Extended reality (XR) technologies—including virtual reality (VR), augmented reality (AR), and mixed reality (MR)—are still in the early phases of adoption, but they are evolving quickly. While most use cases for VR and AR are still related to gaming, entertainment, and social media, the variety of applications is expanding as more consumers and businesses test out immersive experiences.
Because the pandemic has forced many people to work, socialize, study, and shop at home, they’re using XR experiences to replace in-person ones. This year, 58.9 million people in the US will use VR at least once per month, and 93.3 million will be monthly AR users.
Though VR and AR are different technologies growing at different rates, the pandemic appears to have galvanized the market for both.
VR and AR usage has grown as more people stay home and pursue activities aligned with crowd avoidance and social distancing, including playing video games, consuming entertainment, participating in social VR, using AR features on social networks, and experimenting with virtual try-ons, virtual shopping, and 360-degree travel videos.
For example, June 2020 research by Ipsos and the Global Myopia Awareness Coalition (GMAC) found that 58% of US children and teens spent more time with smartphones, 53% spent more time with video game consoles, and 15% spent more time with VR headsets since the pandemic began. In general, people who owned VR headsets used them more; others explored nonheadset options or considered buying headsets.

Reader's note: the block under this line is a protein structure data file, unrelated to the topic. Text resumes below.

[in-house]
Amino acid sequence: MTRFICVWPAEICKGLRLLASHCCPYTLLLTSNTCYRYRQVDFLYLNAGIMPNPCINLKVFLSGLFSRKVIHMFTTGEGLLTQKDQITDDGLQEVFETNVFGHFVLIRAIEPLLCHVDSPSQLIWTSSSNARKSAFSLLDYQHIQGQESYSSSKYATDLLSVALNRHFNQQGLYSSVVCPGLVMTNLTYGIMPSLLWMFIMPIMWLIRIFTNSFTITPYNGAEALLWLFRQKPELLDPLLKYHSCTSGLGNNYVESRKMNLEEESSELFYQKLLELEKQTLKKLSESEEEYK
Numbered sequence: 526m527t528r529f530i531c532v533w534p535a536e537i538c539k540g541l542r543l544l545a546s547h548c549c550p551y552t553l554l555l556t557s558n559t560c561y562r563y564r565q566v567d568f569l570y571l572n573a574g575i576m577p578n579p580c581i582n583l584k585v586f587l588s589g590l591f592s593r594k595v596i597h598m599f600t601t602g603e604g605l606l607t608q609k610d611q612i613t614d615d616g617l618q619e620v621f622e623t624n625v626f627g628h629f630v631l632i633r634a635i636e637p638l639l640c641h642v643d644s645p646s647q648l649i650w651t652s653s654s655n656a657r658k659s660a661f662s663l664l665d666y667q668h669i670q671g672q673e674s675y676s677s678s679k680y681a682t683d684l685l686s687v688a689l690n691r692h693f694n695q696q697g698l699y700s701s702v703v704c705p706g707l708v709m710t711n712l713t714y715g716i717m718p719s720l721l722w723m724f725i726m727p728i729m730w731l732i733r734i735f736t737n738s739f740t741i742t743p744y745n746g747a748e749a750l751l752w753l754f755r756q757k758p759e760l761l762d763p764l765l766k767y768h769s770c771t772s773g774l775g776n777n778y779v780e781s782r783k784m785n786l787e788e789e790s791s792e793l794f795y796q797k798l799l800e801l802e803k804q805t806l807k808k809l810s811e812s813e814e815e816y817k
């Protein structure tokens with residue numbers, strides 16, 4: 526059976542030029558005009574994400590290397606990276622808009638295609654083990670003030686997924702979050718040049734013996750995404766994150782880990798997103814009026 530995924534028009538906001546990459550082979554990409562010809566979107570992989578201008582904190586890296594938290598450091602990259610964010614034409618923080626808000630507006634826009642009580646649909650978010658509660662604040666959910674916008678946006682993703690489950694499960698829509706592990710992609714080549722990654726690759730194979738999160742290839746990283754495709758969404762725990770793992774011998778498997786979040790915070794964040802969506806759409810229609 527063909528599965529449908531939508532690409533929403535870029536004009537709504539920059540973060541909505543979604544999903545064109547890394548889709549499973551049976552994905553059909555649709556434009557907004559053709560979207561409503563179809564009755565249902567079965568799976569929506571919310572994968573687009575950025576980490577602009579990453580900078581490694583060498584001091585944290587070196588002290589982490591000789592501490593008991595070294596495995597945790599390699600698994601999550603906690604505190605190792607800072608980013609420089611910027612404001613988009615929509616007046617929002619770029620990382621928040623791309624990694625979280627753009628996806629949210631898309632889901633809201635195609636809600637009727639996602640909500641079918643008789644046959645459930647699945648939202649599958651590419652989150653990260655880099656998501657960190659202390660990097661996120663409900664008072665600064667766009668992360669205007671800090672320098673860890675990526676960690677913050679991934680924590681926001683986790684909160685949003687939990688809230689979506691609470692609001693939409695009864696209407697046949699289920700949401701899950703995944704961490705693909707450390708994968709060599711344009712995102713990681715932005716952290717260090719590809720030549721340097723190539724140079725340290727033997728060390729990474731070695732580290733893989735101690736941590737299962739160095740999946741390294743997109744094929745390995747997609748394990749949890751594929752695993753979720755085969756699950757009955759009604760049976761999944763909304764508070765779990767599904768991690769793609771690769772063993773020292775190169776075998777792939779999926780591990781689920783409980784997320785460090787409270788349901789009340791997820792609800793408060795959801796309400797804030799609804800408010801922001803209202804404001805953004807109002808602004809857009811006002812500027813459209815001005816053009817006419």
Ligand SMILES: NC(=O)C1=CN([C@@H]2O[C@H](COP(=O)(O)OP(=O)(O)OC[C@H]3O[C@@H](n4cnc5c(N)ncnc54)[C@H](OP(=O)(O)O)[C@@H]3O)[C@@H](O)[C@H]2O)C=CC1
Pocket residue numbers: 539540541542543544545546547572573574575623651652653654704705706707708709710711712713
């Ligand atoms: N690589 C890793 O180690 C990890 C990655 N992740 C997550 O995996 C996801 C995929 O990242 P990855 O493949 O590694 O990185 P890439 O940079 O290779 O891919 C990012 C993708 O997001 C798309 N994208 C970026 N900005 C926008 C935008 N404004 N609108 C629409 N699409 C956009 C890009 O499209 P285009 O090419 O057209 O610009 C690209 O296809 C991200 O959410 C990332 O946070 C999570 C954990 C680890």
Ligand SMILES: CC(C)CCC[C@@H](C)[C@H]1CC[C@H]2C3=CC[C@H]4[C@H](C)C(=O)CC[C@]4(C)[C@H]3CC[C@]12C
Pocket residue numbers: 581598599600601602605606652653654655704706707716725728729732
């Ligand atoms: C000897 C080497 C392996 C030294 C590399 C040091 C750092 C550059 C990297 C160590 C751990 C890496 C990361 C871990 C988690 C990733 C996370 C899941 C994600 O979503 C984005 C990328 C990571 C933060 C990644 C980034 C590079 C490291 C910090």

The move to remote and virtual work, studying, and other home-based activities has created interest in new and more useful applications of VR and AR beyond gaming. Virtual fitness, business collaboration, and distance learning are just three of many examples. With more development and more demand, VR and AR are increasingly seen as viable replacements for in-person training, meetings, events, conventions, customer service, healthcare, and other activities.
The pandemic has turned XR into an even more important growth area for Big Tech. While Facebook is on its way to becoming the VR leader in the US with its Oculus ecosystem, it is also investing in AR. Other heavy hitters, including Apple, Google, Microsoft, and Samsung, are all reportedly racing to introduce their own VR, AR, and/or MR solutions to grow the market and capitalize on increasing demand.
XR developers are optimistic about the rollout of 5G wireless service—both in the US and around the world. Higher-speed 5G networks are expected to eliminate many persistent technical difficulties and boost XR’s viability. In an April 2020 survey conducted by Toluna and Advertiser Perceptions on behalf of Verizon Media, 44% of US adults cited streaming VR content and 36% cited AR experiences as expected benefits of 5G technology.
Likewise, a majority of adults in South Korea, the UK, and the US found the idea of subscription-based VR and AR at least somewhat appealing, according to a January 2020 Nokia poll conducted by Parks Associates. Nearly three-quarters (73%) of respondents found a subscription to VR experiences appealing or very appealing, while 70% and 65% said the same for AR experiences and VR sports, respectively.
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